John the Baptist leaves no room for people to say I am not rich, so I don’t need to share. If you have two coats…if you have food…you share.
He does not see poverty as an accident of life, nor the fault of the poor but as the result of the actions of some.
There are systems in place that tend to make the richer, richer, and the poorer, poorer. Things have only gotten worse since John the Baptist’s time. You will remember the infamous fact, the globe’s richest 1% own half the world’s wealth, and it is just getting worst.
The Baptist was getting straight to the point, challenging the economic imbalance that develops with time and saying, SHARE!
To the tax collectors who wanted to know what they were to do, he told them not to collect more than they were suppose to. The tax collectors who worked for the state, traditionally would take more to line their pockets. They would exploit their position by exploiting the people.
To them, the Baptist said, BE FAIR!
The soldiers also asked what they must do. The Baptist knew that they often used their position of power to force people to get what they wanted, to exhort money. He tells them, ‘Don’t and be satisfied with your wages. DON’T BULLY’
Kind of what we learn in kindergarten, Share, be fair and don’t bully!
You see when it comes right down to it, the Bible is telling us what is most important is not what we believe but how we are live. What we believe can help us, and guide us, but it is how we live that is ultimately what is most important to God. Whether we are Jewish, Muslim, Hindu, atheist or Christian, what is most important is how we live. How we treat others.
John the Baptist challenges us then to name the wrongs we see.
He reminds us that what is most important in life is how we live, how we treat each other.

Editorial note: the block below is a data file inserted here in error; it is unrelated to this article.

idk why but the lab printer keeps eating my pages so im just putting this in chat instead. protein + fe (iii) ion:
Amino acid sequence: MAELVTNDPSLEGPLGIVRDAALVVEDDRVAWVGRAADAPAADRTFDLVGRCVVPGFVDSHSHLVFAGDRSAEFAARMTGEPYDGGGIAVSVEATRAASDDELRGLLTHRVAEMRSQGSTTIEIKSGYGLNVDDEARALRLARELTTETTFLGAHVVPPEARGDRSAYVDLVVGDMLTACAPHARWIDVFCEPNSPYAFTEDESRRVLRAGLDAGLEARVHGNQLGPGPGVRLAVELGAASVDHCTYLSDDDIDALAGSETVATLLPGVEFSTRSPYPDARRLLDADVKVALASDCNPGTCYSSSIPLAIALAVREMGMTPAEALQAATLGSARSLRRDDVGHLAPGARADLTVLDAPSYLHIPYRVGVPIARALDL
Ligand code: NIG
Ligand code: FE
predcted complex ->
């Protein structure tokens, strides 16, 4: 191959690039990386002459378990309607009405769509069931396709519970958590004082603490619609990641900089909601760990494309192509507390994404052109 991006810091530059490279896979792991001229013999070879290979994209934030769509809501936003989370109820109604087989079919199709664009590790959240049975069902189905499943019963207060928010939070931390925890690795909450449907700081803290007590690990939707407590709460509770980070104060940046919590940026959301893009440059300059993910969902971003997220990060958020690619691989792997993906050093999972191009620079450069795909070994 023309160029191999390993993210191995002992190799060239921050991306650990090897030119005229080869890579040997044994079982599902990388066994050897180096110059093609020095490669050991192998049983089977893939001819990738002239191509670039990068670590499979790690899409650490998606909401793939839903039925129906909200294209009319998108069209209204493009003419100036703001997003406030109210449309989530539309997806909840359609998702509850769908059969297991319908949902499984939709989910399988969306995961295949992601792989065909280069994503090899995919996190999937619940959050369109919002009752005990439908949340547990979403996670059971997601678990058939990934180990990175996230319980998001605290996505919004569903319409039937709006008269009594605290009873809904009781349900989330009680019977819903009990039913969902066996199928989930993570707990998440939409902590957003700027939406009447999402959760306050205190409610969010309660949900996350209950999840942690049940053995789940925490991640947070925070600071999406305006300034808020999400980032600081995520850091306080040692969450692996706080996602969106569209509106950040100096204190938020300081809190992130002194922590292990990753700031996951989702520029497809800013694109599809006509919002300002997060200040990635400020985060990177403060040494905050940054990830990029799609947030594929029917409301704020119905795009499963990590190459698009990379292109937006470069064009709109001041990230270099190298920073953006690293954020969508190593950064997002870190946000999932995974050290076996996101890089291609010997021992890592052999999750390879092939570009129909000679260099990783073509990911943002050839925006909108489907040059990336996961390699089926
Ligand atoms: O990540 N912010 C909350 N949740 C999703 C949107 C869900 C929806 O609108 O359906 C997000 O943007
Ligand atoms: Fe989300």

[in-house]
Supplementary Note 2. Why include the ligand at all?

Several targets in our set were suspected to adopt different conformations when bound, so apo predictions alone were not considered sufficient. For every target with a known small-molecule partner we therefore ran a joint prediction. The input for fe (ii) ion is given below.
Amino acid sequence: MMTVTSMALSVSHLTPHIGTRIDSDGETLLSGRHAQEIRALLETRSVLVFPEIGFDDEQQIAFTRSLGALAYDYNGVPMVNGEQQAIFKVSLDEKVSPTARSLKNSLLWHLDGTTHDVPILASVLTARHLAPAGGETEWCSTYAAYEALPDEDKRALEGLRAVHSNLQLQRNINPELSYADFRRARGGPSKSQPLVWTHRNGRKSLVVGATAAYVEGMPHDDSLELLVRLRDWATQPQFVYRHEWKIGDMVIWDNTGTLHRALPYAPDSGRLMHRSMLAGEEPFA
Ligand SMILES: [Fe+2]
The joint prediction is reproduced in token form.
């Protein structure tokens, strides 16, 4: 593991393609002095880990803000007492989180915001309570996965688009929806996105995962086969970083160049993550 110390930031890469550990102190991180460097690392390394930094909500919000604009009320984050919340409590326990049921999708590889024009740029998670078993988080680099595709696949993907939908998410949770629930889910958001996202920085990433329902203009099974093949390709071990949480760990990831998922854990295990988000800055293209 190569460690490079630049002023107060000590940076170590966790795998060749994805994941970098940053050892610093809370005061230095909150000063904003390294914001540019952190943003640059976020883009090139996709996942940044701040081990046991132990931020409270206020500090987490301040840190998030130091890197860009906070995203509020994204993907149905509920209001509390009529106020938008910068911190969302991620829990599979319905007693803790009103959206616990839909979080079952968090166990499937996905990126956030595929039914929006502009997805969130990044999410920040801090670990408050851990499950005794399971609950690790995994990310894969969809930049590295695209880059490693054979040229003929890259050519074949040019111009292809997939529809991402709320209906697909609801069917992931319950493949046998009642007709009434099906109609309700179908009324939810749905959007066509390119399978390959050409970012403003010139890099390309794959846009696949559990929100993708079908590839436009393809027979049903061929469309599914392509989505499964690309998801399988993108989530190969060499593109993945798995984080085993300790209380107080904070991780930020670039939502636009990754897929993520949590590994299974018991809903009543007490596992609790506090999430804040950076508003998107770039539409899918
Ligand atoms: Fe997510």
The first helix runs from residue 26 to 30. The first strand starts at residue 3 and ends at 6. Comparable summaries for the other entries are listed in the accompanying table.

Now the text does not end there. The people were wondering if he might be the Messiah they were waiting for. He clearly says no. He would be followed by one more powerful who would baptize them with the Holy Spirit and fire. He then uses a farming method to describe how the Messiah will separate the good from the bad, like wheat and chaff, and burn the chaff.
Now when I preached on this text when we celebrated St Jean-Baptiste in June, I suggested that John the Baptist did not get it quite right, since that was not what Jesus did.
This week, I was reading a quote from Alexander Solzhenitsyn, a Russian novelist and historian who past away 10 years ago. He wrote: ‘Which one can truthfully claim to be all wheat, and no chaff? The Stronger one will sift and destroy the chaff within all people’.
He definitely has a point, none of us are all wheat. It is a beautiful image of Christ burning the chaff within us. But I get uncomfortable that if we rely on that interpretation, we absolve ourselves of our responsibility to sort out of our lives the chaff, the stuff that pulls us away from being the agents for good that God would want us to be. I believe we need to call on Christ to help us to sift through within us what is wheat and what is chaff. BUT SIFT, WE MUST!
I invite you then to call on Christ to help you sift the wheat from the chaff so you can bear fruit for the Kingdom of God.
Sisters and brothers on this journey of life, this journey of faith, John the Baptist models for us a man who could get angry faced with what was wrong. His example invites us to name what we see that is wrong in our world, the social injustices that oppress people. Name the wrongs!
John the Baptist reminds us that what is most important in life is how we live, how we treat each other.
Finally, call on Christ to help you sift within you what is wheat and what is chaff, so that you can be a people that will bear fruit for the Reign of God.